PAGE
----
Exercise fads come and go, in the 80’s it was about group aerobics such as step and body tone, bright coloured leotards and funky 80’s power ballads. In the 90’s; TV ads, particularly infomercials showing buff business-minded bodybuilders convincing us that we couldn’t live without their exercise appliances, we had Tae Bo, the era of the body builders and Rambo. Today it’s all about CrossFit, MMA, Pilates, the Chuck Norris Total gym and many others.
For those new to exercise visiting a gym or exercising for the first time can be daunting. Exercise magazines are full of contradictory articles, advanced or boring exercise diagrams and every second page displays the newest wonder drug to get us leaner, more muscle bound, bigger, smaller, younger etc. How do we know what’s right for us? Do we do Body Pump? Spin? Boxing? Do we use machines? Free weights? Olympic lifting? Do I do heavy weights low reps? Light weights, high reps?
I think it’s important to acknowledge those exercise methods that came before. Pin loaded machines, free weights, exercise classes all serve a purpose and it should be encouraged that no matter what exercise mode has been chosen the fact that physical activity is taking place and improvements are being made is great. I personally am a firm believer in a blend of exercise methods, I like to use certain pin loaded machines as a way to improve my Olympic lifting and protect me from injury and I like to take part in Spin classes and boxing to help break up the routine.
"CrossFit” is the current Fitness trend taking the world by storm and like many of the fads before it, CrossFit hasn’t reinvented the wheel with regards to exercise, what it has done is provide a universal set of programming followed throughout the world and encouraged healthy competition and a strong sense of family and support between CrossFit boxes.
For me, what I think helps separate the idea of CrossFit from many other exercise trends is the requirement of highly skilled coaches who are well versed in anatomy and exercise biomechanics. I see it everyday, trainers completing a three month course via correspondence entering the industry and getting beginner athletes to trust their judgement. Without the appropriate knowledge or experience proper programming cannot be implemented, just because they may be able to lift 100kg doesn’t mean they know what’s best for you. My advice is to choose a trainer that works best for you, has a personality that matches yours, so rapport can be built, and a level of knowledge that doesn’t mimic something you read in Men’s Health.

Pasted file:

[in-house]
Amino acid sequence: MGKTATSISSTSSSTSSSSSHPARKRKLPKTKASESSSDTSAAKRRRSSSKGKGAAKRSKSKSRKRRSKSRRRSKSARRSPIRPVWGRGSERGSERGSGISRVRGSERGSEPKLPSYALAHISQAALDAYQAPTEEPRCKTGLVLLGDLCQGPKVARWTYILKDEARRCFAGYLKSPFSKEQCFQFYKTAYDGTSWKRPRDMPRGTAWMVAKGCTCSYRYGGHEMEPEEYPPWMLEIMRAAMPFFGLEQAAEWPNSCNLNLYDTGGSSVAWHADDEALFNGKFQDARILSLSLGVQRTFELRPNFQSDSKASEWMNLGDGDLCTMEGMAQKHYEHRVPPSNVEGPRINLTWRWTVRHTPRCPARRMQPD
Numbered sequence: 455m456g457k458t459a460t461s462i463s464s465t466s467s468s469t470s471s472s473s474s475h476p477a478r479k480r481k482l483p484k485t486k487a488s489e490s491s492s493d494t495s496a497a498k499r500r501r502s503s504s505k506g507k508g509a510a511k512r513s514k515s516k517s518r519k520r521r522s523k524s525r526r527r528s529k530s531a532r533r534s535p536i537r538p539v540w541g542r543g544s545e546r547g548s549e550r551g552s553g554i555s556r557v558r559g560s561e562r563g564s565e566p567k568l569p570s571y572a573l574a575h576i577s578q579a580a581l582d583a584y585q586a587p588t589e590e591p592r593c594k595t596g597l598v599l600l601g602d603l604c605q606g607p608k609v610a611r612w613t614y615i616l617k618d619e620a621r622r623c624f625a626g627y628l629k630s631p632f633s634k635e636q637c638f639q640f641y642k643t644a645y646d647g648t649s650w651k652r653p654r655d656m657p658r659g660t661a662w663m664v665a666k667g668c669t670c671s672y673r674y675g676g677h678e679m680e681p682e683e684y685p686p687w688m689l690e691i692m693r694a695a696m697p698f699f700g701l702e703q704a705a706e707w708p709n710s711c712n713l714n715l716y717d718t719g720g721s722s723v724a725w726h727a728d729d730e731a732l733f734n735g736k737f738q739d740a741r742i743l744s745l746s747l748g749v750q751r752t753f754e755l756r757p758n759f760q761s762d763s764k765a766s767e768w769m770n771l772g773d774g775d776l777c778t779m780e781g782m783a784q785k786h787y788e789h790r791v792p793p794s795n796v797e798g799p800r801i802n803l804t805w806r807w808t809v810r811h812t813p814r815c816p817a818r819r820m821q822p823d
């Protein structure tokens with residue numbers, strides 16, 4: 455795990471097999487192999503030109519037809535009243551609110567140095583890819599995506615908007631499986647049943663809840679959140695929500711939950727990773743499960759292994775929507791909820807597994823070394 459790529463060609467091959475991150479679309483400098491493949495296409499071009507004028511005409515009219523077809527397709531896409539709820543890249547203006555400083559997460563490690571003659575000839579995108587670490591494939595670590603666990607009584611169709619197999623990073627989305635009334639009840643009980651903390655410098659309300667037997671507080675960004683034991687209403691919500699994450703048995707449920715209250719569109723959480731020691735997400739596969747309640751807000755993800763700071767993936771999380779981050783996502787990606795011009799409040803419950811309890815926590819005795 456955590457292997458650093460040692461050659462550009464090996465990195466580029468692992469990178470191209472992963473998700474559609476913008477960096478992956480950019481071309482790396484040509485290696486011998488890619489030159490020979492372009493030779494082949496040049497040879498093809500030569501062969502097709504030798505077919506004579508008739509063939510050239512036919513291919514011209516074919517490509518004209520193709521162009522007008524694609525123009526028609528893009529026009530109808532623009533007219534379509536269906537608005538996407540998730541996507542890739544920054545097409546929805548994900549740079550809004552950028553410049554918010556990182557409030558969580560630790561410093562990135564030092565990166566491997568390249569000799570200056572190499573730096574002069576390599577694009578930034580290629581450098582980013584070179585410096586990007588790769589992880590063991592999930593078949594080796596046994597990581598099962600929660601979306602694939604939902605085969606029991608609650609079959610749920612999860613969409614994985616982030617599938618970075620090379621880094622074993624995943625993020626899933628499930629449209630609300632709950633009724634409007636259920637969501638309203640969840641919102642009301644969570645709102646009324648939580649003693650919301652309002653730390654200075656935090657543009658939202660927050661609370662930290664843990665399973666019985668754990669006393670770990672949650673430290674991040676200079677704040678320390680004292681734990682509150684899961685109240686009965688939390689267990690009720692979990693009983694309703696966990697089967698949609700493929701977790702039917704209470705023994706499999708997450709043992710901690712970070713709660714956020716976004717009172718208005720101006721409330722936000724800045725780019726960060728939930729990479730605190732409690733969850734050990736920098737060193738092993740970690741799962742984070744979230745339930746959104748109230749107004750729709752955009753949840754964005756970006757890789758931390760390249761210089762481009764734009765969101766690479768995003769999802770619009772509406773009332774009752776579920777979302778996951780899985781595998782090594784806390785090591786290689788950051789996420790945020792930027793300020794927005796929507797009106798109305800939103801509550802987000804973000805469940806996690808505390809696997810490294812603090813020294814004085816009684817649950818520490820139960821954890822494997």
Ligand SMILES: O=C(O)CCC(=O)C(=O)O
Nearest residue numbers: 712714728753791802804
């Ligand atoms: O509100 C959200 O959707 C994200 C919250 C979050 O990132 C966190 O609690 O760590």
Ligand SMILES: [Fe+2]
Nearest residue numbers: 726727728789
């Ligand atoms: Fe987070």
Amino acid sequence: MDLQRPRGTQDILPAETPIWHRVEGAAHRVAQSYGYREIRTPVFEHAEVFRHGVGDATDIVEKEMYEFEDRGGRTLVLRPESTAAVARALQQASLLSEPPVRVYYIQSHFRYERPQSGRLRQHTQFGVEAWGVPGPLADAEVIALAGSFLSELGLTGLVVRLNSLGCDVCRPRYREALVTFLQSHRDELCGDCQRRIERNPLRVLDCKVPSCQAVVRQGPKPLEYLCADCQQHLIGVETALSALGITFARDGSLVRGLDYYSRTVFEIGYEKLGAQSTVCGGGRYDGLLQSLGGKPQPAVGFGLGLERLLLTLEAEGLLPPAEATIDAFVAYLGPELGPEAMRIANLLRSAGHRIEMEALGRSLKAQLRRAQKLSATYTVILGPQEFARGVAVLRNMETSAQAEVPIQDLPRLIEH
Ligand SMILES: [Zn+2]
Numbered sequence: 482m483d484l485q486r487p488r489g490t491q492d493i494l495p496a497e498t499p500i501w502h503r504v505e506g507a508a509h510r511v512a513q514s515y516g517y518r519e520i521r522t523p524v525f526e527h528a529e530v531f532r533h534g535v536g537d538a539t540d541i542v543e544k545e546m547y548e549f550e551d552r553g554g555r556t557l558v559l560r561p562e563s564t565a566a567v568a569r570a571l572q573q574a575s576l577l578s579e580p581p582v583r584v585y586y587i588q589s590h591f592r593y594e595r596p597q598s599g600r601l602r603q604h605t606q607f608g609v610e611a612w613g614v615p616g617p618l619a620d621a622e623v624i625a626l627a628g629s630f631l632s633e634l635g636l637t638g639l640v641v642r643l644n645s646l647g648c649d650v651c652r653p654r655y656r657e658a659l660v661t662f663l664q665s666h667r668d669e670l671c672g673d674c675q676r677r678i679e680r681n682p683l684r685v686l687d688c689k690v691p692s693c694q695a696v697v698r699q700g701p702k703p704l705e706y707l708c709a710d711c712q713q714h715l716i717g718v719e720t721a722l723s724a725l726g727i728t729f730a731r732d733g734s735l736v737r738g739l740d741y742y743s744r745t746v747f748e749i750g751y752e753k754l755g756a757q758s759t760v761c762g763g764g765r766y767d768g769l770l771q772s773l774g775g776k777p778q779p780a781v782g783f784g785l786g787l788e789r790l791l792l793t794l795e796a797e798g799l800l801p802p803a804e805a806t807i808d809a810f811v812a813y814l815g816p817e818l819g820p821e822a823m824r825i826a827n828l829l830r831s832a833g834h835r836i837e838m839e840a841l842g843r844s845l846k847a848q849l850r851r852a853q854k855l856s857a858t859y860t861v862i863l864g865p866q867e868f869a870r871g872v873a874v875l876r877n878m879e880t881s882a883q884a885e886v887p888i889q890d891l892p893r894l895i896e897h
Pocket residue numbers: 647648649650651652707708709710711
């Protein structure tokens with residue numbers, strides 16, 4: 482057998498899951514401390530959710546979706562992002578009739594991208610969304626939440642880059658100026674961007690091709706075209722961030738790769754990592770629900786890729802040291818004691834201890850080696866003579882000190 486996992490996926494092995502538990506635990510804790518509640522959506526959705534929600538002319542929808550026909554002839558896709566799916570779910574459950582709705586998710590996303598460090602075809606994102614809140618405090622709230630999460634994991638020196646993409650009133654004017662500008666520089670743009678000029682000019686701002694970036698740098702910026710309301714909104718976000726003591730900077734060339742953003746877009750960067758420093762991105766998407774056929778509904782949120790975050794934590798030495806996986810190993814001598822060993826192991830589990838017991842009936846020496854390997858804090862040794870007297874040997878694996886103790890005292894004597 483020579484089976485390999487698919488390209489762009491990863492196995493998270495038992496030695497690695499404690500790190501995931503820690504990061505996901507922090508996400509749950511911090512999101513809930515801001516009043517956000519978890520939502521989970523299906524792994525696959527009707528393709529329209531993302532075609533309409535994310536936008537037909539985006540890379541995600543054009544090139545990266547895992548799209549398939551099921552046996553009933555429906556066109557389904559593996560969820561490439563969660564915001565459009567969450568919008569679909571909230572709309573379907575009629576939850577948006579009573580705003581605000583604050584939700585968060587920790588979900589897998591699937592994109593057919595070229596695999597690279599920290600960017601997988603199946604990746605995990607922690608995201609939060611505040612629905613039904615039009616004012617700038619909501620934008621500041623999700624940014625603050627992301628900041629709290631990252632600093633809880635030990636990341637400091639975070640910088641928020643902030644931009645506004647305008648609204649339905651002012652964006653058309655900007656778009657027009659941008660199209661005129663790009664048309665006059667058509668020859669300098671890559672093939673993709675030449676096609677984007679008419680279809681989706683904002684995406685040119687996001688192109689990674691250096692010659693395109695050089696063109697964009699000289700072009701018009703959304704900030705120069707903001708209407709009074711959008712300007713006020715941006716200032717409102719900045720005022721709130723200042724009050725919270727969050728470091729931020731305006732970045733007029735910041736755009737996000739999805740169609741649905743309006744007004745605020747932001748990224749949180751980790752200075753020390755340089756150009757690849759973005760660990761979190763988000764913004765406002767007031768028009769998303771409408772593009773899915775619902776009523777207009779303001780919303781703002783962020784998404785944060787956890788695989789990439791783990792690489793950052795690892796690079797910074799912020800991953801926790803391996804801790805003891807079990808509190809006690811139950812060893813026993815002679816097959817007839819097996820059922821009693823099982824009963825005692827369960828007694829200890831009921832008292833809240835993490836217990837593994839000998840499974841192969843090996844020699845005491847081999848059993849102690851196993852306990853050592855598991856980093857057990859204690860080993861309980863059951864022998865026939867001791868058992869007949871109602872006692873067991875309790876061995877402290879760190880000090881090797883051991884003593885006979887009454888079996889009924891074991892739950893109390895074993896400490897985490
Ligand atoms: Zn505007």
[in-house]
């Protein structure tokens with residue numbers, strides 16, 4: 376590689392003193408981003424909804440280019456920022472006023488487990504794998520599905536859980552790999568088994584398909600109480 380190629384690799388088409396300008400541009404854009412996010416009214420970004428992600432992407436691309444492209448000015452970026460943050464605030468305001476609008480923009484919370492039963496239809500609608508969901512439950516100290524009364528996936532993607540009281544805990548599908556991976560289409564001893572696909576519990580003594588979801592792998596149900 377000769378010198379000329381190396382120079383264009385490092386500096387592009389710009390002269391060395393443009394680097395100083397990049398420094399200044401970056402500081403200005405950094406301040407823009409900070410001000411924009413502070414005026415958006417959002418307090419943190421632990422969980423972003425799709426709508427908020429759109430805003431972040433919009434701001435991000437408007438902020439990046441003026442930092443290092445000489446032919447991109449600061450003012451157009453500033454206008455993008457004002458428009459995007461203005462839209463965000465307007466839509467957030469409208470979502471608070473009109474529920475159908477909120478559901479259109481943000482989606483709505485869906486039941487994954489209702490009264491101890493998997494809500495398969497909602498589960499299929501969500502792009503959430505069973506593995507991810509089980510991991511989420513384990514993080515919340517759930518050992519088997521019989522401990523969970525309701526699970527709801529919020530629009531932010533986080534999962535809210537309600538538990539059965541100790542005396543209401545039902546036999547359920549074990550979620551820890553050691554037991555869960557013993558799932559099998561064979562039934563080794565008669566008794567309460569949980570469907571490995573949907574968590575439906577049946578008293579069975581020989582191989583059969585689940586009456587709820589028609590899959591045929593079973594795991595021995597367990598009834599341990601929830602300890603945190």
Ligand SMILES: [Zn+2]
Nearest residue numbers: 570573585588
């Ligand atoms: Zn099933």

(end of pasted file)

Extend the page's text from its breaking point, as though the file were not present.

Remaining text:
Before getting into the exercise aspects there is one myth I would like to address that I hear all the time. A lot of first time female clients say to me “If I lift weights will I get big”. This is something I hear a lot and I’m sure many trainers out there also hear. This is no one’s fault and it’s easy to see why many would think this statement to be true given the way a lot of weight lifting is perceived in the media. I would like to say that there is NOTHING wrong with females lifting weights, in fact it should be encouraged. By increasing muscle density ones metabolic rate increases helping to burn fat while resting, muscle tone increases and posture improves. If you are happy with the way you look and can lift 60kg above your head, why go and lift 2.5kg dumbbells each hand 100 times? Do what you are capable of and strive to improve in strength, speed and stamina and you will be happy with your results. If not, change your method of training to integrate more flexibility work, more cardiovascular activity or more agility.
In all my years of exercise prescription and instruction, the most interesting and relevant lesson I have learnt is simple logic "Exercise is all about incorporating simple/ functional movements that we perform each and everyday", however it’s not until it’s all laid out in front of you that methods of exercise begin to make sense.
“10 physical skills, train them all!”